In addition to these hubs, the University has striven to reduce barriers to collaboration, which Yehiely says many peer institutions have not done as successfully. Some of these efforts aim to lower financial impediments through allocation of facilities and administration costs, while others help connect would-be collaborators within the University and across the world. Digital tools are complemented by exceptional physical spaces, such as the LEED-certified, 147,000-square-foot Silverman Hall on the Evanston campus. Housing some 16 research groups and several shared core facilities with ultramodern scientific instrumentation, the building is designed to enhance collaboration and engagement among its 250 faculty, staff, and research assistants in chemistry, biology, and engineering. Currently under construction on Northwestern’s Chicago campus is the state-of-the-art Simpson Querrey Biomedical Research Center. The first of two construction phases, scheduled to be completed in 2019, will result in a 14-story, 600,000-square-foot building with collaborative research and support space for 23 research teams per floor, including a floor dedicated to collaborations between the Feinberg School of Medicine and McCormick School of Engineering. An eventual build-out will add approximately 600,000 square feet and up to 16 additional floors. In addition, Yehiely says, Northwestern’s practice of joint appointments — currently across as many as three schools — is another factor that encourages collaboration. “This is not your typical faculty appointment at most peer institutions,” she notes.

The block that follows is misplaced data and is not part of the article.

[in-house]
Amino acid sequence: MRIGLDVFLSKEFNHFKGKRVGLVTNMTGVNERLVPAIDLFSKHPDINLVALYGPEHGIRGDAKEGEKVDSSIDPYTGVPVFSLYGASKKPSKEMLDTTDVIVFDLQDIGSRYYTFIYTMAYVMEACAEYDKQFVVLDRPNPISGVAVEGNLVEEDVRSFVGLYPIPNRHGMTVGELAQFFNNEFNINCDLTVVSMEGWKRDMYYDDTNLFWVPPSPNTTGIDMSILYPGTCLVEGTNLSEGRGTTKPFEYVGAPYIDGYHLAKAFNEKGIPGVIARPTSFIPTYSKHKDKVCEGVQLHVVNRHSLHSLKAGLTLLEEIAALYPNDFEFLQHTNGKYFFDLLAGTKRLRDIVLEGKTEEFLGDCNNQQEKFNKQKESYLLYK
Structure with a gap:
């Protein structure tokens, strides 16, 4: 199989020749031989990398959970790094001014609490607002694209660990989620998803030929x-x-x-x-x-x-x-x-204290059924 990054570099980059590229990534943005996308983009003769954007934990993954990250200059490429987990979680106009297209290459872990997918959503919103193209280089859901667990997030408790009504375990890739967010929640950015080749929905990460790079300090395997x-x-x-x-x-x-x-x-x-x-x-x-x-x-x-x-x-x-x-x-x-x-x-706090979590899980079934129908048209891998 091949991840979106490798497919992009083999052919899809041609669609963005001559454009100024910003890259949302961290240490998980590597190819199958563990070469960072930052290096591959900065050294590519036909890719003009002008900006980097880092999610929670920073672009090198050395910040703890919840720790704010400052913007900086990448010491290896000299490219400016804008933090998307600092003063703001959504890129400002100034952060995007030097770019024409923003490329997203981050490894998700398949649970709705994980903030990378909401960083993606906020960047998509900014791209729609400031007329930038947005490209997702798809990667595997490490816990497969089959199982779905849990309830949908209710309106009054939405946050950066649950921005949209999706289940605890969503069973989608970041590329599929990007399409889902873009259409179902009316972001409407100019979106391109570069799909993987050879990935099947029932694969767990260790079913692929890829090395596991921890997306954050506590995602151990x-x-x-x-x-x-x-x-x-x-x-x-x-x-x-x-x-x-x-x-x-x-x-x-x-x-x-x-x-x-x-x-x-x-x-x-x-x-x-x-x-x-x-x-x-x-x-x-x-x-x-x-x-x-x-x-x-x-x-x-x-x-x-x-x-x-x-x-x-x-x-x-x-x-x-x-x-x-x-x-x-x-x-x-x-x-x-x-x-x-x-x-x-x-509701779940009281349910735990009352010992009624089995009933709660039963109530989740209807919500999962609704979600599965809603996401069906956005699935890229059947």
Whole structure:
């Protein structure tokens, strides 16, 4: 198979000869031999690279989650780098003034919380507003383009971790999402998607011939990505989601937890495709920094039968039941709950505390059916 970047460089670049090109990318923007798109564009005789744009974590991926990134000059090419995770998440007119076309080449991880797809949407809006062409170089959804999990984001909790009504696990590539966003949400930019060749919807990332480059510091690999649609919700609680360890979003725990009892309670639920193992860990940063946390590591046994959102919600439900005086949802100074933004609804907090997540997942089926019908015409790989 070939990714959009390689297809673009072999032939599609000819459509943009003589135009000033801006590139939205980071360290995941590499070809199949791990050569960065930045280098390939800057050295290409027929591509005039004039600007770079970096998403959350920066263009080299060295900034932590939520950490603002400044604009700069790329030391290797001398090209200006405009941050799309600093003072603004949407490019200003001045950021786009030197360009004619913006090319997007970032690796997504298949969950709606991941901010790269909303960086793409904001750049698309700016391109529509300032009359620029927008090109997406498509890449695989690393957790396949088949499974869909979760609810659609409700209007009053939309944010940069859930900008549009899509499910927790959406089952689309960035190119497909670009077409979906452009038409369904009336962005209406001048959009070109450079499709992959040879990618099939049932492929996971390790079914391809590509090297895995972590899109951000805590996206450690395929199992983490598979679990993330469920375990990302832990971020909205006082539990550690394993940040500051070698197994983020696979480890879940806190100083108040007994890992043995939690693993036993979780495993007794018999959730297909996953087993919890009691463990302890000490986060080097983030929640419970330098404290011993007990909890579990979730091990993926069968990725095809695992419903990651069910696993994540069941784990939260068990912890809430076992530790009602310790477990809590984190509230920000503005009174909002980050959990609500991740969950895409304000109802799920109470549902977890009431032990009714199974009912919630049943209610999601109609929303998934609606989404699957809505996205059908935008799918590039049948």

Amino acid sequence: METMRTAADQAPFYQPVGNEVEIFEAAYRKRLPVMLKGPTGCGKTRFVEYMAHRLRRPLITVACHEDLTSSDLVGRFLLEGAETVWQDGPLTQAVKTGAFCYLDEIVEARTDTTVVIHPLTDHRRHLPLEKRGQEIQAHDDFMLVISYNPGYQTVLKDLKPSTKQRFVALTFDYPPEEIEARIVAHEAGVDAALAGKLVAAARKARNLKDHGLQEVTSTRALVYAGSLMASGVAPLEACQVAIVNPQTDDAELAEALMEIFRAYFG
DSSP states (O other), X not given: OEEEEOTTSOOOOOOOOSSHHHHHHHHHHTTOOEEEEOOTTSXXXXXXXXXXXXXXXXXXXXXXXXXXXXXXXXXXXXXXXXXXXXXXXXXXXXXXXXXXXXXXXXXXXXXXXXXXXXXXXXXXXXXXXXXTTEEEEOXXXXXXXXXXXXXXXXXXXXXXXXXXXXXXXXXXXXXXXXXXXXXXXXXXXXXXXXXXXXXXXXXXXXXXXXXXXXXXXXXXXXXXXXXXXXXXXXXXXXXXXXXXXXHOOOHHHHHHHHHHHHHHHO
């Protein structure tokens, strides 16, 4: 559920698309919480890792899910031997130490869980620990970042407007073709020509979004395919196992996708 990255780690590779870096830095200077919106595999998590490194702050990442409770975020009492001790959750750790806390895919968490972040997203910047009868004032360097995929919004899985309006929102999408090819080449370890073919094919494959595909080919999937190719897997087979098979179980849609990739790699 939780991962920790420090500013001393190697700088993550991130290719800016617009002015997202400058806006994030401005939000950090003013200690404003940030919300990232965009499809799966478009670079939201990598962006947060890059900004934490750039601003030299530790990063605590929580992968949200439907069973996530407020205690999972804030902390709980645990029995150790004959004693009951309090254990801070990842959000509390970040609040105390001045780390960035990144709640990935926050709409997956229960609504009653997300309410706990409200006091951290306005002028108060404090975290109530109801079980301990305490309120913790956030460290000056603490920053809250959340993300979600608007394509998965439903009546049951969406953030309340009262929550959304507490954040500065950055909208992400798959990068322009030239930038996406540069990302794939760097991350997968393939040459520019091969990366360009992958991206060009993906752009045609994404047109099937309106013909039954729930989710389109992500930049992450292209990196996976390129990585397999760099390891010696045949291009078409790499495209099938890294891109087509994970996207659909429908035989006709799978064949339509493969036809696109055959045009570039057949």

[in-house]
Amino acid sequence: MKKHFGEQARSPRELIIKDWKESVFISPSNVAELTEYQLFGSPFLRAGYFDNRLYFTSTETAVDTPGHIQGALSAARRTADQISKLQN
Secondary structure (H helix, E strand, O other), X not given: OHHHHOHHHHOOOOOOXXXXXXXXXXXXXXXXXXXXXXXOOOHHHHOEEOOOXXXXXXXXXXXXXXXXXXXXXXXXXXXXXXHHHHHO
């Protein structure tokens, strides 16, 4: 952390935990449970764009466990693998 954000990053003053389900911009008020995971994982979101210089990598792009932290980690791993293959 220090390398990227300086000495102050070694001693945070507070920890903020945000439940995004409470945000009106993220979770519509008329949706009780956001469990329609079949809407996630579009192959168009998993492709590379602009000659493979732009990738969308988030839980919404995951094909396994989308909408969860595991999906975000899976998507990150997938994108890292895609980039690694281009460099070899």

Why is such an approach to research important today? Partly because of the proliferation of disciplines over the last century, and partly because of the increasing complexity within those fields, which encourages and rewards deeper domain specialization. Greater specialization translates into a need for bigger groups of specialists.
“There’s more and more to know in the world, and you can only have so much in your head,” says Benjamin Jones, strategy. “So the share of stuff you know as an individual is declining in any field. This is a never-ending phenomenon of increased specialization, which is ever increasing the demand for collaboration,” he says.
In other words, depth of knowledge remains vital for scientific progress, but so too does finding ways to link expertise across domains and even within them. This can help tackle major social issues that any single field cannot easily or fully address, and it’s one reason that federal funding sources such as the National Institutes of Health have been recognizing the importance of team science in recent years.